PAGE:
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I need to create something similar to how MVC invokes an Method(Action) and also uses the Model Binder to map a NamedValueCollection to the parameters on that method. Basically I have a Controller action that needs to dynamically call a method on a class, the controller has any information sent in a form or query string plus the name of the method to invoke as a string.

As far as I am concerned it's the same as invoking an action. I am essentially passing it down another level (there is a good reason I can't have these methods on the controller btw).

I downloaded the ASP.Net MVC 1.0 Source but there are a bunch of classes, I am having trouble finding the code that handles this.

I know how to invoke an method whose name is contained in a string, but maybe there is a better way that MVC uses. I also need to know how to use the Model Binders to make Request.Form + Query Strings to that methods parameters.

If anyone could point me to either the code in the MVC source that does this or point me in the right direction with regards to using the default Model Binder in MVC manually I would be grateful.

Let me know if I can make this clearer.

Thanks

share|improve this question
up vote 3 down vote accepted

It's complicated. FindAction is called on ControllerActionInvoker. This calls, eventually, ReflectedControllerDescriptor.FindAction, which in turn calls ActionMethodSelector.FindActionMethod, which calls RunSelectionFilters on the same type. That method takes a list of methods passed him by the collar, and iterates them, examining the arguments on each method and comparing them with the values in the request. Because this has to run quickly on a request comes in, this is all cached, and because it is designed to be extensible, there are some abstract types in between the layers I've described. Hence, it can be a little difficult to follow at first, and it would probably be difficult to repurpose it for non-controller logic. However, you could use it as a model for implementing your own system. I think it's a little too complicated for a domain-specific application. The number of extension points is probably appropriate for the MVC framework, but for your own code, YAGNI.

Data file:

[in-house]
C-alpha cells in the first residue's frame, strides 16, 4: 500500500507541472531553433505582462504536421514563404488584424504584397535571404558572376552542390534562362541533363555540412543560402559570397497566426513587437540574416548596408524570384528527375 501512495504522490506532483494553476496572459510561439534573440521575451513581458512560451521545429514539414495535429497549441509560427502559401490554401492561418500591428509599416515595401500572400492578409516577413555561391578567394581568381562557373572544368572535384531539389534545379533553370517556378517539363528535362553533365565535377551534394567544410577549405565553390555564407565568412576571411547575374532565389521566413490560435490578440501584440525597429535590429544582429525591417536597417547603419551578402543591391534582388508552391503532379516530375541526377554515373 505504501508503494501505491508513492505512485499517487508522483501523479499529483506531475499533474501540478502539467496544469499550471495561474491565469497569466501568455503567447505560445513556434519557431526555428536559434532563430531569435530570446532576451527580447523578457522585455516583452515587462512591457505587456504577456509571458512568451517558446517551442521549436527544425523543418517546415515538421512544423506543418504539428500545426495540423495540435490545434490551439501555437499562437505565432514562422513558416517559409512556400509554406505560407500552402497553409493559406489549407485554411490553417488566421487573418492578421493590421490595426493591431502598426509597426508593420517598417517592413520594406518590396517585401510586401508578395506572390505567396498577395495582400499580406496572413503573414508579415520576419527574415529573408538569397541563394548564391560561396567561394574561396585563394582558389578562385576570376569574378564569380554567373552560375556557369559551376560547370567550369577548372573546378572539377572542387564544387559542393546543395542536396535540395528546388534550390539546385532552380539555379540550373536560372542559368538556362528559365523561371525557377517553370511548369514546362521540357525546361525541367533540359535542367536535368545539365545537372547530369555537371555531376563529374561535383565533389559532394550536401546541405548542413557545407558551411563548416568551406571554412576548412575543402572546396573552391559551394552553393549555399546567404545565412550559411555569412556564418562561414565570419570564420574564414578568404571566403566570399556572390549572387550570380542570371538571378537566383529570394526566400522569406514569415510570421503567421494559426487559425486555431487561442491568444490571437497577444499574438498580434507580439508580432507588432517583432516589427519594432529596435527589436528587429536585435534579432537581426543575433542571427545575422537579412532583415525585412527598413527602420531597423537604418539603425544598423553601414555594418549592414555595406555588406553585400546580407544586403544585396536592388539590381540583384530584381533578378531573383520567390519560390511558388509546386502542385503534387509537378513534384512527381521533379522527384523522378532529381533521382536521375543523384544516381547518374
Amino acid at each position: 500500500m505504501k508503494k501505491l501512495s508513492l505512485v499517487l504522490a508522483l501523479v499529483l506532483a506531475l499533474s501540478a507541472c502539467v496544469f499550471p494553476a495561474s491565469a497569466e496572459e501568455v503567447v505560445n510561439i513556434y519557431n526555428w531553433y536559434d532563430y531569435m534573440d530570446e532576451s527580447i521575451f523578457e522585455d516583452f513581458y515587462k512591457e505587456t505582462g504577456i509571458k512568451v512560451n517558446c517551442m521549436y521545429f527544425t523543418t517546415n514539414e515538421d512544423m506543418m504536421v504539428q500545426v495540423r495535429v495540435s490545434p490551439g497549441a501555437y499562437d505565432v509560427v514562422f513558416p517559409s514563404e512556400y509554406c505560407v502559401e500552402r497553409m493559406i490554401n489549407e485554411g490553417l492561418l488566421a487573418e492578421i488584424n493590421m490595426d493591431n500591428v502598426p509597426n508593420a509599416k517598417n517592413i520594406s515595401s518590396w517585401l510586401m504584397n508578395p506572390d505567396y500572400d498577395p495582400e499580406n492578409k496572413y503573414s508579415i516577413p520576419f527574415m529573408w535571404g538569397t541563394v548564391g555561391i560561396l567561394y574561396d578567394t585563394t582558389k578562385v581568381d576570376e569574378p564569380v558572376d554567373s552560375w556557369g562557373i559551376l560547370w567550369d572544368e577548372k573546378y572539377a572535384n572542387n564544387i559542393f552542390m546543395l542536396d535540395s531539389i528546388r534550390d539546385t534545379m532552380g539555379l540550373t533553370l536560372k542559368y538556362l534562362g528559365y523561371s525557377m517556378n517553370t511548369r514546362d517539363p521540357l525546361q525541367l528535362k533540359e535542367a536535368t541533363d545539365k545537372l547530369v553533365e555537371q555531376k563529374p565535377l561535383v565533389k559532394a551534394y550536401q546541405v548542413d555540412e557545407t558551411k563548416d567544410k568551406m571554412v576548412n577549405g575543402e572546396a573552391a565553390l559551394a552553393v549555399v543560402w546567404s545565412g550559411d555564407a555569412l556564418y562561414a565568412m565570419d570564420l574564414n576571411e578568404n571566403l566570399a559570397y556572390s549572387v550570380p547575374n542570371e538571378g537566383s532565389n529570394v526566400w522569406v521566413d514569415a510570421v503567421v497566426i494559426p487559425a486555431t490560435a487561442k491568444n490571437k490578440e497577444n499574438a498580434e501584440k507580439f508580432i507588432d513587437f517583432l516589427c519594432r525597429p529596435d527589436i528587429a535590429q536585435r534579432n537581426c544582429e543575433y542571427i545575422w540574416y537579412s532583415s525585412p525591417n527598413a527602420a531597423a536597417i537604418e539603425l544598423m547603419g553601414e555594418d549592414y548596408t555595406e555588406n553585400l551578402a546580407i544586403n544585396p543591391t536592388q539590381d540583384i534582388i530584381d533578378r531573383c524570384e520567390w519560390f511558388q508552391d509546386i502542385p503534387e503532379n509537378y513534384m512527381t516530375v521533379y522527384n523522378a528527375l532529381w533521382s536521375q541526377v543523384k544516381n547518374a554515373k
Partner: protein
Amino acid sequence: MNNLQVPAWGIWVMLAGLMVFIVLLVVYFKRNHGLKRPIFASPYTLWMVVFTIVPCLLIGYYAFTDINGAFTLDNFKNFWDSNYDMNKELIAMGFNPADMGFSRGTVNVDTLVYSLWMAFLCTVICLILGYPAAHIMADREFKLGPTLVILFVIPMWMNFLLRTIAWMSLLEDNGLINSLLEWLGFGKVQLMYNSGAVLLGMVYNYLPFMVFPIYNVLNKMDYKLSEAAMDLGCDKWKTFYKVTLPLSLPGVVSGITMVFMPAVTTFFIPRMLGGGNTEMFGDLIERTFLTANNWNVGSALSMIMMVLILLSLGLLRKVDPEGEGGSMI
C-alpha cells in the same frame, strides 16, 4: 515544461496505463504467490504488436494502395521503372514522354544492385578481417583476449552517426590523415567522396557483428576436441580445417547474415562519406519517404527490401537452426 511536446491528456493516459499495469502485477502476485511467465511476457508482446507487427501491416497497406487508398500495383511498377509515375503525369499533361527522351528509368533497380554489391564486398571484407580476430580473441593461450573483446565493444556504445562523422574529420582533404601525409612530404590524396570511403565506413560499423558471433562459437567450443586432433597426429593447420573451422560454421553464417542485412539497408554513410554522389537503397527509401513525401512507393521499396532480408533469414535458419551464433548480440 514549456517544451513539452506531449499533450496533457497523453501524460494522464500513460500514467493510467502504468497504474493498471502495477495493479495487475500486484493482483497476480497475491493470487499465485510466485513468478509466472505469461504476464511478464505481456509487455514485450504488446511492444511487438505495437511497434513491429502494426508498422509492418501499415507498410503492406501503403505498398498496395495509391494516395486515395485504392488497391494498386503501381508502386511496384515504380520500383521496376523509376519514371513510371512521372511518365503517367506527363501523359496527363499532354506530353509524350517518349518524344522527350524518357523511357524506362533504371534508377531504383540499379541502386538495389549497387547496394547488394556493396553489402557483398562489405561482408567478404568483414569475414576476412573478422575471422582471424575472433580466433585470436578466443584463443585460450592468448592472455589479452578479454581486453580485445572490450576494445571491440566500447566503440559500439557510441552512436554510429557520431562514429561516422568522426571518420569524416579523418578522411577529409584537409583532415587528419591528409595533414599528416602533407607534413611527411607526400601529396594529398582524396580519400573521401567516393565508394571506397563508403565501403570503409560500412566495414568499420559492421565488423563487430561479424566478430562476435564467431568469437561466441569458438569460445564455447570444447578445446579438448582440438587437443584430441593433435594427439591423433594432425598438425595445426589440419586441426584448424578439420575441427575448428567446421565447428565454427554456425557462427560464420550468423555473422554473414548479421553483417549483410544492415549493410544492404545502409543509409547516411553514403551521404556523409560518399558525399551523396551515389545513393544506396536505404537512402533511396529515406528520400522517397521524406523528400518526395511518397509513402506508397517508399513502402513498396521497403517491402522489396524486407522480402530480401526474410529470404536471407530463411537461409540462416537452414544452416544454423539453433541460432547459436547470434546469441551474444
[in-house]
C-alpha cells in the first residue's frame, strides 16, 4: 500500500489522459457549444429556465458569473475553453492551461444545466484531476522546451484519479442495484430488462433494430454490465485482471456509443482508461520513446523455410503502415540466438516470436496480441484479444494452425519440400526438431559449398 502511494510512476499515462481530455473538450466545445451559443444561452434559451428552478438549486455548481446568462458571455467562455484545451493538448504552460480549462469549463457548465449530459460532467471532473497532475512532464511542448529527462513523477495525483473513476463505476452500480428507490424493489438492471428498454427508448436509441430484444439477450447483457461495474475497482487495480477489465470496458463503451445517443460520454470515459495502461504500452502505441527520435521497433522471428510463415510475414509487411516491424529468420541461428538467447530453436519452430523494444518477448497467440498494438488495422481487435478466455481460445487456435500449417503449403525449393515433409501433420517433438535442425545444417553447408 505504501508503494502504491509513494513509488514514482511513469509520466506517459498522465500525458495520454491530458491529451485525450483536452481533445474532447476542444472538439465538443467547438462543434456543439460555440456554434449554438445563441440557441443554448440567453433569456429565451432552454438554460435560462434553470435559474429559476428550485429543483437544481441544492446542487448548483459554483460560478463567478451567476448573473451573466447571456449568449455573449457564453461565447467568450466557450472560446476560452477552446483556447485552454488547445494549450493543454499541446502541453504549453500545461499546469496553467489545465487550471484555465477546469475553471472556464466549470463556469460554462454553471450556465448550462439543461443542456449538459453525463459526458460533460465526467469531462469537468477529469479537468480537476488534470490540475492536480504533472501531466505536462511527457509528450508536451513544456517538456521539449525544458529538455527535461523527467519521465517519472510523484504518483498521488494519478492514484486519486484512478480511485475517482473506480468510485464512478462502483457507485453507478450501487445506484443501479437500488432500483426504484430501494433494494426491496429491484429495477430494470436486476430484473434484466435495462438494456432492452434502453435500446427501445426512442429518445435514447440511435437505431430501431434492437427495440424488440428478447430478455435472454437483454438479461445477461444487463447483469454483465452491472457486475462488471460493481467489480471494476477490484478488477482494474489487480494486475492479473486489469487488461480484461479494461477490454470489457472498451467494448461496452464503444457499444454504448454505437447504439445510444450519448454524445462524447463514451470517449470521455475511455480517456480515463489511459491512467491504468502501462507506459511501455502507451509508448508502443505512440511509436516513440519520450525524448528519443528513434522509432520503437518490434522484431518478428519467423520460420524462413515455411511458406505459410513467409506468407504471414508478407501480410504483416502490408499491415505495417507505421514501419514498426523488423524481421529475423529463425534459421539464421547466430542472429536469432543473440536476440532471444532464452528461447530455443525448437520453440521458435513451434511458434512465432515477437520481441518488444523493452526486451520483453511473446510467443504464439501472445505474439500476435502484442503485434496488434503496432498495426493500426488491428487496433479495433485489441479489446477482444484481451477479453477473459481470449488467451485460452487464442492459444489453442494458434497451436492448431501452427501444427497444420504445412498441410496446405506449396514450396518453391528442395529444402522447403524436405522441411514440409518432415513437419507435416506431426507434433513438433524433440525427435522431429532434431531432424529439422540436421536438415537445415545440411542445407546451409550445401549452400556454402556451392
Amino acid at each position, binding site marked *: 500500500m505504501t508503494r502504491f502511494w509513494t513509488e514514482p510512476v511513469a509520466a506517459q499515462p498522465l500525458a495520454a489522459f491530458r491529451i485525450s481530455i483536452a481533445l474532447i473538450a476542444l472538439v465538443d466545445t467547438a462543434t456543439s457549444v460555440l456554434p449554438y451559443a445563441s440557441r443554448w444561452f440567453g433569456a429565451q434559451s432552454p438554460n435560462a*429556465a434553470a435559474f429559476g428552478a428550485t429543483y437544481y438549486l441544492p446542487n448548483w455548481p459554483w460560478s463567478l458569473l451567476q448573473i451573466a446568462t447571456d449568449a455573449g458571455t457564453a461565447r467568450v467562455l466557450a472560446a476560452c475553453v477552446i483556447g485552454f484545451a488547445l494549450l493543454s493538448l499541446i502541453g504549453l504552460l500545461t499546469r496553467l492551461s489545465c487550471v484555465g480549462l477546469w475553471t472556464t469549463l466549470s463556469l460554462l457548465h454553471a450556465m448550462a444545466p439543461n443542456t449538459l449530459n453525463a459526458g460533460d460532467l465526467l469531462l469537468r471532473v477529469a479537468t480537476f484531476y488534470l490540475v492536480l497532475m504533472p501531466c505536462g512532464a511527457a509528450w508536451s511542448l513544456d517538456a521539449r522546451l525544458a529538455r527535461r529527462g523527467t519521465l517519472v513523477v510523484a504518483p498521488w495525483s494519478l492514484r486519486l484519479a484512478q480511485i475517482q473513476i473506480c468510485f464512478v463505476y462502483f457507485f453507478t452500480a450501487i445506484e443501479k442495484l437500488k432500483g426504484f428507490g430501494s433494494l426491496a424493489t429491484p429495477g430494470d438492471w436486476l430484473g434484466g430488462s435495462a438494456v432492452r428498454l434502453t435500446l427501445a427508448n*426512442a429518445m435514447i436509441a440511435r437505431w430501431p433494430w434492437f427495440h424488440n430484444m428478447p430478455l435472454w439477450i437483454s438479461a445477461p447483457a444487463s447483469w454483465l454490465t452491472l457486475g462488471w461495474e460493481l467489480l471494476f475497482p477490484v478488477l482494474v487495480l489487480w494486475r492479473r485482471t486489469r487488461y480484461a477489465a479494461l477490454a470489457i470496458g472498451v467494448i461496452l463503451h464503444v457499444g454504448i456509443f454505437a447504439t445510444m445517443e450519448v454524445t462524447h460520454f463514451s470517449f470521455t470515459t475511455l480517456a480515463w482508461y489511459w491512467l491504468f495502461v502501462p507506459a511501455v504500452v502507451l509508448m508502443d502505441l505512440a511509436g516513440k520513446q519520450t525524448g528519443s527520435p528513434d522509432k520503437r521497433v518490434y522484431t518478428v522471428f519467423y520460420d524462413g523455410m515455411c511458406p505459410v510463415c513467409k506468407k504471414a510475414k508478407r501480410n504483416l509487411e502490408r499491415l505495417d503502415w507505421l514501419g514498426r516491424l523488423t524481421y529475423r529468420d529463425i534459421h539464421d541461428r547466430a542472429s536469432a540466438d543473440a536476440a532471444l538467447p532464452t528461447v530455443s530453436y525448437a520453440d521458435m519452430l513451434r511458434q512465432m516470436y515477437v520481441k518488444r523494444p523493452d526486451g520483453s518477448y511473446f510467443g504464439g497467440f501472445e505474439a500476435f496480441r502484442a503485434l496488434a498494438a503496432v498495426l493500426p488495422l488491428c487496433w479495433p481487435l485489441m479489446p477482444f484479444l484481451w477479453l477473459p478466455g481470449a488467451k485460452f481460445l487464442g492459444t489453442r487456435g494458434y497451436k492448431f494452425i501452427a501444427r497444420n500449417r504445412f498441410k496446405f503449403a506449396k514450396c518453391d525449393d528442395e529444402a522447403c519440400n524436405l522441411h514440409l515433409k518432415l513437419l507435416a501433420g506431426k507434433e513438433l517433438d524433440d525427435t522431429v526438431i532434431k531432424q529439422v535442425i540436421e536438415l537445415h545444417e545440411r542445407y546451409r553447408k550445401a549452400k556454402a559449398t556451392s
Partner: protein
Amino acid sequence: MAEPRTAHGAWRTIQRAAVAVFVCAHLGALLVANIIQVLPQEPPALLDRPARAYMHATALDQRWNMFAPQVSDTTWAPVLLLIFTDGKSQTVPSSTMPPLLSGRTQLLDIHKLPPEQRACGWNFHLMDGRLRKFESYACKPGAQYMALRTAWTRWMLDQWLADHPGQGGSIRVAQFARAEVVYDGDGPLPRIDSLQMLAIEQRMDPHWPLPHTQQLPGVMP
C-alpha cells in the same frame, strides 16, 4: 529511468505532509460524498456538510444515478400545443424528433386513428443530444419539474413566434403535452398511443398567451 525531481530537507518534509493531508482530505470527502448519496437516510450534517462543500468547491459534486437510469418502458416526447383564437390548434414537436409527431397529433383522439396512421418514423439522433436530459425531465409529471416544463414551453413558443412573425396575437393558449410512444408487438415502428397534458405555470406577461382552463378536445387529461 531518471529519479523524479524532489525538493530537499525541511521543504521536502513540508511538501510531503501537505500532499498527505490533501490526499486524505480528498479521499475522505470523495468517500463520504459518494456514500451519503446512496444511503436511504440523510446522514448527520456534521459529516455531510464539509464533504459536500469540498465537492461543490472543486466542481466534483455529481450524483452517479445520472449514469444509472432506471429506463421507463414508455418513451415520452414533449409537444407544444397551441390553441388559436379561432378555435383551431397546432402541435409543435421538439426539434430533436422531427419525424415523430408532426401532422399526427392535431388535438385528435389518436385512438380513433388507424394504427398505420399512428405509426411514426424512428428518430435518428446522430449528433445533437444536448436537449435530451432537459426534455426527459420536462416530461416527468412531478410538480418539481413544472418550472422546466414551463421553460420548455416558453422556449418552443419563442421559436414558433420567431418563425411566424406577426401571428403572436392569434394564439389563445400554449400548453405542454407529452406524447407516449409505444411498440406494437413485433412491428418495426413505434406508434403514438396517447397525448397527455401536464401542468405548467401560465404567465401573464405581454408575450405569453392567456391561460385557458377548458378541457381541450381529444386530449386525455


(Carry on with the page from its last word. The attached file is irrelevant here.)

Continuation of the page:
I hope this gives you enough to get started, however.

Regarding using a model binder without the web stack: Well, you still need MVC, but not necessarily a web server. Here's how we do it in a unit test:

    internal static T Bind<T>(string prefix, FormCollection collection, ModelStateDictionary modelState) where T:BaseTimeRecordPresentationModel
    {
        var mbc = new ModelBindingContext()
        {
            ModelName = prefix,
            ModelState = modelState,
            ModelType = typeof(T),
            ValueProvider = collection.ToValueProvider()
        };
        IModelBinder binder = new TimeRecordModelBinder();
        var cc = new ControllerContext();

        return binder.BindModel(cc, mbc) as T;
    }

    internal static T BindAndAssertValid<T>(string prefix, FormCollection collection) where T:BaseTimeRecordPresentationModel
    {
        var msd = new ModelStateDictionary();
        var result = Bind<T>(prefix, collection, msd);
        if (!msd.IsValid)
        {
            Assert.Fail(ModelStateValidationSummary(msd));
        }
        return result;
    }
share|improve this answer
    
Yes. I found FindAction and began to see it won't be easy to port. I have written the part that finds the correct method, easy, but do you know if it's possible to use the Model Binders manually? – Damien Oct 1 '09 at 18:52
    
See updated answer. – Craig Stuntz Oct 1 '09 at 21:25

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